2 A B C D E F G H I K L M N O P R S T U V W


Standardized interface for the mounting of lenses, described in ISO 10935 (1996-12) Optics and optical instruments – Microscopes – Interface Type C

Standard interface for mounting of lenses.
The diameter of the thread is 1 “(one inch) and there are 32 threads to 1” in length.
The distance between the mechanical stop of the lens and the sensor in air is 17,526 mm

This is about 5mm more than for CS-mount lenses. C-mount lenses can be used with a 5mm extension ring (“C- to CS-mount adapter”) with CS-mount cameras.
CS-mount lenses however can not be used with C-mount cameras.

C-mount lenses are usually used for factory automation lenses.

Camera Obscura

The principle of the camera obscura (= pinhole camera) is like this:


The disadvantage is clearly, that the image on the image plane is very dark. The needed exposure times to take an image can well be minutes!

Idea: Lets use a larger hole :


Now, however, the image not only gets brighter (as intended) but also gets blurry, because the light not only passes through the center of the hole. So not only the correct position of the image is exposed to the light, but also the direct neighbours.

As a result, the image of an object point is not just a point, but instead a little disk, the so called “Circle of Confusion” (CoC).

For long distant Objects the diameter of the CoC equal the diameter of the hole!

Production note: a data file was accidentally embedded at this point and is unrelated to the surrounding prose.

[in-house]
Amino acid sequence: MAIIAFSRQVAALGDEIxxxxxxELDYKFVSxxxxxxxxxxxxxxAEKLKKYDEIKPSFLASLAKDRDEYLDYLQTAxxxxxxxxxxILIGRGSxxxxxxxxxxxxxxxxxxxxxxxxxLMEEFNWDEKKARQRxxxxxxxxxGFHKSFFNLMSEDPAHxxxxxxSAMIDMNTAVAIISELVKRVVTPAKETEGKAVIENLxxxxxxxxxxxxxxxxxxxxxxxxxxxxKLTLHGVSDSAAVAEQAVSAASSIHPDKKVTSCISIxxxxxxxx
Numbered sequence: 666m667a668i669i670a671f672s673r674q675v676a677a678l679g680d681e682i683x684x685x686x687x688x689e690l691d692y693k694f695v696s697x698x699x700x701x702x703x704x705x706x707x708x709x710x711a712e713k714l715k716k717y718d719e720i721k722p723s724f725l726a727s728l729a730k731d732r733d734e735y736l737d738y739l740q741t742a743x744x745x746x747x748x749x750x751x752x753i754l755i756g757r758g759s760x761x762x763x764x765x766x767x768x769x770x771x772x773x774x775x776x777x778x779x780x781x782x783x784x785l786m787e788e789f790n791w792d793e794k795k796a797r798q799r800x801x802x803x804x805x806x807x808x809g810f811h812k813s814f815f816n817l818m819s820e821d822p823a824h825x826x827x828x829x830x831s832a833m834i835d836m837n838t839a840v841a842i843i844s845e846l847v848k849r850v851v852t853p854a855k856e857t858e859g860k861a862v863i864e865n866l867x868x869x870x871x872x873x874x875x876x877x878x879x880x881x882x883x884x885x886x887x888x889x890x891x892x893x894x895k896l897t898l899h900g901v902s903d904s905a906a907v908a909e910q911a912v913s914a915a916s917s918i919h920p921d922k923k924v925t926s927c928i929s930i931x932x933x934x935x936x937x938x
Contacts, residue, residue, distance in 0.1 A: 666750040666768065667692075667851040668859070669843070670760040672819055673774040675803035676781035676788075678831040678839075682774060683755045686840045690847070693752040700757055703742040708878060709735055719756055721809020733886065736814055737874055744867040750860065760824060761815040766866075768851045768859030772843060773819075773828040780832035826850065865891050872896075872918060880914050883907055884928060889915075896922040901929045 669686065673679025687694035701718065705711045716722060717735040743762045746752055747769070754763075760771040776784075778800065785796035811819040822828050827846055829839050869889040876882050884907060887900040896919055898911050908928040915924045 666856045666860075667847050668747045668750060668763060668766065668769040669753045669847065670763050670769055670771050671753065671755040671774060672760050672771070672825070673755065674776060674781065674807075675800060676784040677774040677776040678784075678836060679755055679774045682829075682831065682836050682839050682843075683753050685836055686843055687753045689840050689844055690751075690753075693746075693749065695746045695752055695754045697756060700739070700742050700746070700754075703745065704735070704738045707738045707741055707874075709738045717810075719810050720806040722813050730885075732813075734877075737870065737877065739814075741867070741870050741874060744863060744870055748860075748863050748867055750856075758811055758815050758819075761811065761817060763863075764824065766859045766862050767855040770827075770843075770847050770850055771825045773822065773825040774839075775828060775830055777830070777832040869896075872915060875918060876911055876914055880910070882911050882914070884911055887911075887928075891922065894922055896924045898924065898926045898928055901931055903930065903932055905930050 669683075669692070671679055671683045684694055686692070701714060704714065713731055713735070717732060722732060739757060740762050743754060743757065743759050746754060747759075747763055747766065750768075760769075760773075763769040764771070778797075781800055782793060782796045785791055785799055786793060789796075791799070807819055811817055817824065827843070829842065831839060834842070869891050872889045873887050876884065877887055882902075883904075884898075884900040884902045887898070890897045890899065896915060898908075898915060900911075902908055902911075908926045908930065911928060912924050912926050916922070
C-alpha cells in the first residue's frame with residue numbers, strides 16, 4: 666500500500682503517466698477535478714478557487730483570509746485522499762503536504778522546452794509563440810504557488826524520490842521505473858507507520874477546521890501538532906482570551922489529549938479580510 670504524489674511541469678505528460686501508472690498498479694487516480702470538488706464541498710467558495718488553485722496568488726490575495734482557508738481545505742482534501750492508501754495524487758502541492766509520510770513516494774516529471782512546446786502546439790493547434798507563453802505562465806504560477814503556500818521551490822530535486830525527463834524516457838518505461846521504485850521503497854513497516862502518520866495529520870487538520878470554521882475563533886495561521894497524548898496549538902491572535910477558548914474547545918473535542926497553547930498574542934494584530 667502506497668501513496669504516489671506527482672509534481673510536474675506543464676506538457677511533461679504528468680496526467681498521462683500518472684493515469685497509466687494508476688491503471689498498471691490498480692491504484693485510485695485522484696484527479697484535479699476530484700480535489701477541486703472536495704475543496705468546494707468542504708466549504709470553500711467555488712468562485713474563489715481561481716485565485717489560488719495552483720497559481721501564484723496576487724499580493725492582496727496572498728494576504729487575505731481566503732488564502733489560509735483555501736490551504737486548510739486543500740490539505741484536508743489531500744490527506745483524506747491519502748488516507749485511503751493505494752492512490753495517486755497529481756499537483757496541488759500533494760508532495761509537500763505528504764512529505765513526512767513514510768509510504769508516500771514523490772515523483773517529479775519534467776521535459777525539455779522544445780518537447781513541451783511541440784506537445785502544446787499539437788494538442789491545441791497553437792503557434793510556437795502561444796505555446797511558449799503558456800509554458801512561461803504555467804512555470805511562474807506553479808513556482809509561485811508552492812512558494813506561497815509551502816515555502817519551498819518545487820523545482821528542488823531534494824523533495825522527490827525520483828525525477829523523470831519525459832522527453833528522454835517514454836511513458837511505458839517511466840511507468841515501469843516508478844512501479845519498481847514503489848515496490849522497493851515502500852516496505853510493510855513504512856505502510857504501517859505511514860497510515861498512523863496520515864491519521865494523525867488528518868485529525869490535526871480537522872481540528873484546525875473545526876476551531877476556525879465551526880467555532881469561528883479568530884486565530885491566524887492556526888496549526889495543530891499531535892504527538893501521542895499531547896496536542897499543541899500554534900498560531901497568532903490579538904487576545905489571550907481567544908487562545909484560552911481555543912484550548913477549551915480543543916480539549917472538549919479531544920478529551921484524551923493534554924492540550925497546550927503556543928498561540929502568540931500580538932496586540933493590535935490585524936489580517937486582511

Chief Ray

From an object point light rays spread cone shaped in the direction to the rim of the entrance Pupil and later from the direction of the rim of the exit pupil to the image point.

The chief ray is the axis of those cones and contains the center of the Entrance Pupil and the center of the mechanical iris.

Circle Of Confusion

Images of point size Objects would ideally be points. For physical reasons (“diffraction”), we only obtain little disks of light.
The so called circle of confusion (also called “Airy disk”) is the smallest disk of light, that an ideal lens can theoretically generate on image side.

The smallest possible diameter of a circular disk that a “perfect” (=diffration limited) lens can generate on image side is given by the Rayleigh Criterion.

SVG of Diffraction at Pixel Level

Diffraction at pixel Level


The optical term “contrast” of an image is pretty much what we would expect from our daily use of the word.


However, we have to distinguish global contrast …
… from local contrast :
local contrast

The global contrast in the two images above is about the same, however the local contrast (the change from pixel to pixel) is less high in the lower image, because of the slight blurring.

The local contrast is described by the MTF-curve.


Contrast can be a difference in brightness but also a difference in color
Contrast heavily depends on environmental light. Switch off the light at night and all contrast is gone!
Contrast can be increased or reduced by changing the light situation.
Red writing on a white paper becomes invisible under red light. Both paper and writing look red, the contrast is gone.
Yellow Writing on a white paper is nearly invisible on the image of a monochrome camera. Illumination with blue light increases the contrast nicely.
Formulas used to measure contrast:
  • Weber contrast
    \frac {I-I_b}{I_b}
    (Feature -background) / background
  • Michelson contrast
    \frac{I_{max} - I_{min}}{I_{max} + I_{min}}
    Difference of intensities divided by sum of intensities. Often used in image processing.
  • RMS contrast (Root Mean Square Contrast)
    \sqrt{\frac{1}{M N}\sum_{i=0}^{N-1}\sum_{j=0}^{M - 1}(I_{ij} - \bar{I})^2}
    Standard deviation of the pixel intensities.